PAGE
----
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Illustrated Three-Line Novels: Felix Feneon…

Illustrated Three-Line Novels: Felix Feneon

by Félix Fénéon

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A beautifully illustrated book with charming, mordant three-line epitaphs that taste of the dry wit of Edward Gorey. The illustrations are collage-style, much like Terry Gilliam’s Monty Python illustrations, with photos, ink, markers and possibly crayon. Unlike Gorey, these scenarios are not fictional. They were brief news items written in a French newspaper in 1906 by Felix Fénéon, a member of the literati and an anarchist.

Some of the dark tidbits made me giggle. Some were rather sad. They all captured an intriguing tone of turn-of-the-century France. Overall, it’s an evocative collection, but can they really be considered three line “novels?” True, Hemmingway wrote a six word “novel” that he claimed was his best work.

For sale: baby shoes, never worn.

Pretty sharp, that. But in this case, I was left wanting a bit more after tearing through this $24.95 hardback in about half an hour. Enjoyed, yes. But probably better to borrow from the library. ( )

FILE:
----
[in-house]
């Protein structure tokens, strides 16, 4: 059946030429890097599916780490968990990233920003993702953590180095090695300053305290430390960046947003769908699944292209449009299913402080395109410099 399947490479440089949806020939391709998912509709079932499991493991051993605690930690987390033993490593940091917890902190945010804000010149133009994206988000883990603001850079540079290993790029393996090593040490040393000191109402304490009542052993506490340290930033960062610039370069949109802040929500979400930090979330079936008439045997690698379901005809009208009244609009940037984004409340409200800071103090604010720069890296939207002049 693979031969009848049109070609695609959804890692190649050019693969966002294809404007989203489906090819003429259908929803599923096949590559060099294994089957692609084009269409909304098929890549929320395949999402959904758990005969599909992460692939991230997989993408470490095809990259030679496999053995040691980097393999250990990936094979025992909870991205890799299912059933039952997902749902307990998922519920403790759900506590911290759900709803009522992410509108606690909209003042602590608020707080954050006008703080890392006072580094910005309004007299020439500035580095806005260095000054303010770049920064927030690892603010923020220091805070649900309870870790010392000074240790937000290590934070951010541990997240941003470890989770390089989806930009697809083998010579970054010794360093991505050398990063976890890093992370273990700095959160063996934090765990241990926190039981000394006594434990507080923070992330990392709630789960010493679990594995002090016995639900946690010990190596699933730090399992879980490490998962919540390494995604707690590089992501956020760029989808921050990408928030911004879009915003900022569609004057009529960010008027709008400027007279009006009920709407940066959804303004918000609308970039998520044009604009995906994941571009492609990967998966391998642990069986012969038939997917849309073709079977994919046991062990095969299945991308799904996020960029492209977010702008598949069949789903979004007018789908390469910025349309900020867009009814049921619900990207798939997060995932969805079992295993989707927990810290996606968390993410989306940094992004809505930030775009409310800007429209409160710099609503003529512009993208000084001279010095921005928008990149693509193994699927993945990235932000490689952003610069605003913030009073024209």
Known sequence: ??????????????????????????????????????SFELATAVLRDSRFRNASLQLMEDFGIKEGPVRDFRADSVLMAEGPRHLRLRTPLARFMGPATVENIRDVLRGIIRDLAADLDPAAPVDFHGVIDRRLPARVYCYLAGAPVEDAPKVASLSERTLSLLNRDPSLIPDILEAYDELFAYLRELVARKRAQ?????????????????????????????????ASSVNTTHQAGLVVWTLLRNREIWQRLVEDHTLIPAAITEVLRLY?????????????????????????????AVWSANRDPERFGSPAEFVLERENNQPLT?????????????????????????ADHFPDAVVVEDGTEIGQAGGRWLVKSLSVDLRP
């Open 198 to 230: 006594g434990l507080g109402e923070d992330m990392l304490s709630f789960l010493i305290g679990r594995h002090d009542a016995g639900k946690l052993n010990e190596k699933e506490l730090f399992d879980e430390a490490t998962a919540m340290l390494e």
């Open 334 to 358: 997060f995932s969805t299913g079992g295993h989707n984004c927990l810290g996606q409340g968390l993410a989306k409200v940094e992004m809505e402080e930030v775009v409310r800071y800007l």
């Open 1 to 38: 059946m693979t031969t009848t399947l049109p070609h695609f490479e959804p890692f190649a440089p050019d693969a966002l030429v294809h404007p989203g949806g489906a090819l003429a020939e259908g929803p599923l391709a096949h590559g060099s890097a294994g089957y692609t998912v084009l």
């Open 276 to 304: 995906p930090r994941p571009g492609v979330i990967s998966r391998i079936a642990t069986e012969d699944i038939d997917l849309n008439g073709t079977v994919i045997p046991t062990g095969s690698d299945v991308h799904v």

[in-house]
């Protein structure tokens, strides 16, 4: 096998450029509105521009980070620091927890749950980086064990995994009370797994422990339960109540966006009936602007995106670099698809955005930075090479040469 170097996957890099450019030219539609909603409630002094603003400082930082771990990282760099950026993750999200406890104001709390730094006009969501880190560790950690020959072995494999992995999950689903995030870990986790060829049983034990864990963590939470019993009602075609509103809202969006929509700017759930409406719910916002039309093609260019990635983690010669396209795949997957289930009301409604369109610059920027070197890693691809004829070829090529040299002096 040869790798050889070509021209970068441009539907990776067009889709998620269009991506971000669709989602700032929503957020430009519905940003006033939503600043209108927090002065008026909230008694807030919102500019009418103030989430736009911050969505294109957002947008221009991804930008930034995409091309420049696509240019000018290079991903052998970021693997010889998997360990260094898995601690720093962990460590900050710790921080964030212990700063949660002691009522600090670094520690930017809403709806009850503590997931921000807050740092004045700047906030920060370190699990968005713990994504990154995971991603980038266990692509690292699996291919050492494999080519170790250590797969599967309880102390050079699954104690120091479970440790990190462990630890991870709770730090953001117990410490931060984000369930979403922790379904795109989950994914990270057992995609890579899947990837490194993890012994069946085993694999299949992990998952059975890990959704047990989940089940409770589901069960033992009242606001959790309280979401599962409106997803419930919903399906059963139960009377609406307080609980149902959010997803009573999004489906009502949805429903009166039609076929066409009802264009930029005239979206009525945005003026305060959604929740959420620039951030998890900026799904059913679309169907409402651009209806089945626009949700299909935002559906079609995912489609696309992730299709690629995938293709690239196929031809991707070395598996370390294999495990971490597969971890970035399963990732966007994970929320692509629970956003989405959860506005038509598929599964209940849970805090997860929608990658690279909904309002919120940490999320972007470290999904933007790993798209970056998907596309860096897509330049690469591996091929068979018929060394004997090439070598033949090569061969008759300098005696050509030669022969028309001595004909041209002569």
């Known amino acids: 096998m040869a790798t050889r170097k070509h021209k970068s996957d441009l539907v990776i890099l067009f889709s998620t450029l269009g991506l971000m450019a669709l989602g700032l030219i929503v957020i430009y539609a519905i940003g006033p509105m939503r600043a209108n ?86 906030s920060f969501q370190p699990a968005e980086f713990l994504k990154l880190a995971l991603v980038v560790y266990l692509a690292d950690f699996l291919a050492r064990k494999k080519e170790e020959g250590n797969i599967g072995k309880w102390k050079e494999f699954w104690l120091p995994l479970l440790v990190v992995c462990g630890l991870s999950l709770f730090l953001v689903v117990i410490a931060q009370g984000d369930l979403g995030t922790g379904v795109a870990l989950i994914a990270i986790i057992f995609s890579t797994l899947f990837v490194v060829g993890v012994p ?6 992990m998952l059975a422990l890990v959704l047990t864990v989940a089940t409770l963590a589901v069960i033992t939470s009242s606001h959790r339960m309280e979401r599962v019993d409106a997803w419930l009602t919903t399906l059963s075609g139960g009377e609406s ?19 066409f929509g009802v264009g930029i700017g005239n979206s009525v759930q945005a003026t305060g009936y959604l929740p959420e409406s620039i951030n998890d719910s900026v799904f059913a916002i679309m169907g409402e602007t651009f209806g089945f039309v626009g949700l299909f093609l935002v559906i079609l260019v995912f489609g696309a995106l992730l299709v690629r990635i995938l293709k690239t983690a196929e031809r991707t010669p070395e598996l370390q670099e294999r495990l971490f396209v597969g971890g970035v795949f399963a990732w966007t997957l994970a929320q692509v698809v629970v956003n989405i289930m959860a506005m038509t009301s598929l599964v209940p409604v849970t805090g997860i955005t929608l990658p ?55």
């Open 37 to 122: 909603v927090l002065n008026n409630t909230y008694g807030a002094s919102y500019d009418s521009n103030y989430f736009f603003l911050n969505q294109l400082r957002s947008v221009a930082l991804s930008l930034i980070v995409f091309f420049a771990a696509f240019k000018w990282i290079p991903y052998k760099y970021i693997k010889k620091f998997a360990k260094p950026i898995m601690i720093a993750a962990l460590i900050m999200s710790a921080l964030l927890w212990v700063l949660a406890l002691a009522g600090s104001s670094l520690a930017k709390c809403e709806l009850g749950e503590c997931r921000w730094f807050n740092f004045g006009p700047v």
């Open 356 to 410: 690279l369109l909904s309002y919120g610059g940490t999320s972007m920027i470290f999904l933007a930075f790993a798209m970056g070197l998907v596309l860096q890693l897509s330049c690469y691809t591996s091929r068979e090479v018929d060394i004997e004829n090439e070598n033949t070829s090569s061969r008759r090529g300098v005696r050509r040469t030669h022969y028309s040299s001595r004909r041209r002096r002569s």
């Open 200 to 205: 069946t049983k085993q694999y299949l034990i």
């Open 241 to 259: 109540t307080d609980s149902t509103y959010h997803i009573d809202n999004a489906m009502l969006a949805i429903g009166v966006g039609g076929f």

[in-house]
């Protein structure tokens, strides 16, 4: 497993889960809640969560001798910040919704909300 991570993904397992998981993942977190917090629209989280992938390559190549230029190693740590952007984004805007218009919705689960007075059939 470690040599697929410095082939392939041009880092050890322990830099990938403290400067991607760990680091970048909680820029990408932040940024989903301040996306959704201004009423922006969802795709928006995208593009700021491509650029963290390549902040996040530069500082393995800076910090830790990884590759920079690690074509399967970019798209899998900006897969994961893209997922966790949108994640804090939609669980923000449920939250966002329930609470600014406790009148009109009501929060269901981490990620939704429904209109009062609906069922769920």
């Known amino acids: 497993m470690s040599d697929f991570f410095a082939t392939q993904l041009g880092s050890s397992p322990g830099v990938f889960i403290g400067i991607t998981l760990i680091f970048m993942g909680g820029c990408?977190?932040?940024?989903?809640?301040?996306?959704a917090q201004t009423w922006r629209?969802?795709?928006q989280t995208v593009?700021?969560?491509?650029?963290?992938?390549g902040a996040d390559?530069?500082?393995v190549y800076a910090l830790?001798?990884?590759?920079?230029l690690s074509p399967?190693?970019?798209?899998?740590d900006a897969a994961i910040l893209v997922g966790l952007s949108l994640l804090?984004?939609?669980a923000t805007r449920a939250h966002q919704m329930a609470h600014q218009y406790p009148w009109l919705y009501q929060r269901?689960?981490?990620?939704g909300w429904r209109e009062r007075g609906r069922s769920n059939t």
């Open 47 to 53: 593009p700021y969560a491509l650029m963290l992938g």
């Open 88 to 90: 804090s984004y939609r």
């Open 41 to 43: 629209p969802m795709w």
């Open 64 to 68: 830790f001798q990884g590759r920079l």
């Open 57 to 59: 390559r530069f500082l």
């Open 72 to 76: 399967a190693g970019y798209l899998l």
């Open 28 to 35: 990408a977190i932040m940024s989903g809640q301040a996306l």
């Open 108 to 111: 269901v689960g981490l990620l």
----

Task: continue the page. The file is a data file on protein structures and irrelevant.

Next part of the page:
David_David_Katzman | Nov 26, 2013 |
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Amazon.com Product Description (ISBN 098419066X, Hardcover)

Felix Feneon – anarchist, art maven, literary instigator – edited Rimbaud's Illuminations and was the first to publish James Joyce in French. He was also the author of 1,220 faits-divers that appeared over the course of 1906 in the Paris newspaper Le Matin. As stand-alone pieces, these concise, and often bizarre, three-line reports of death, naval exercises gone awry, petty theft and labor disputes are enigmatic fragments, but when viewed as a whole they form a mosaic of the era in France. 

The New York Review of Books published Luc Sante's English translation of these items as Novels in Three Lines, inspiring artist Joanna Neborsky to create illustrations and collages that vivify a selection of the trenchant vignettes.

(retrieved from Amazon Mon, 15 Feb 2016 12:16:39 -0500)

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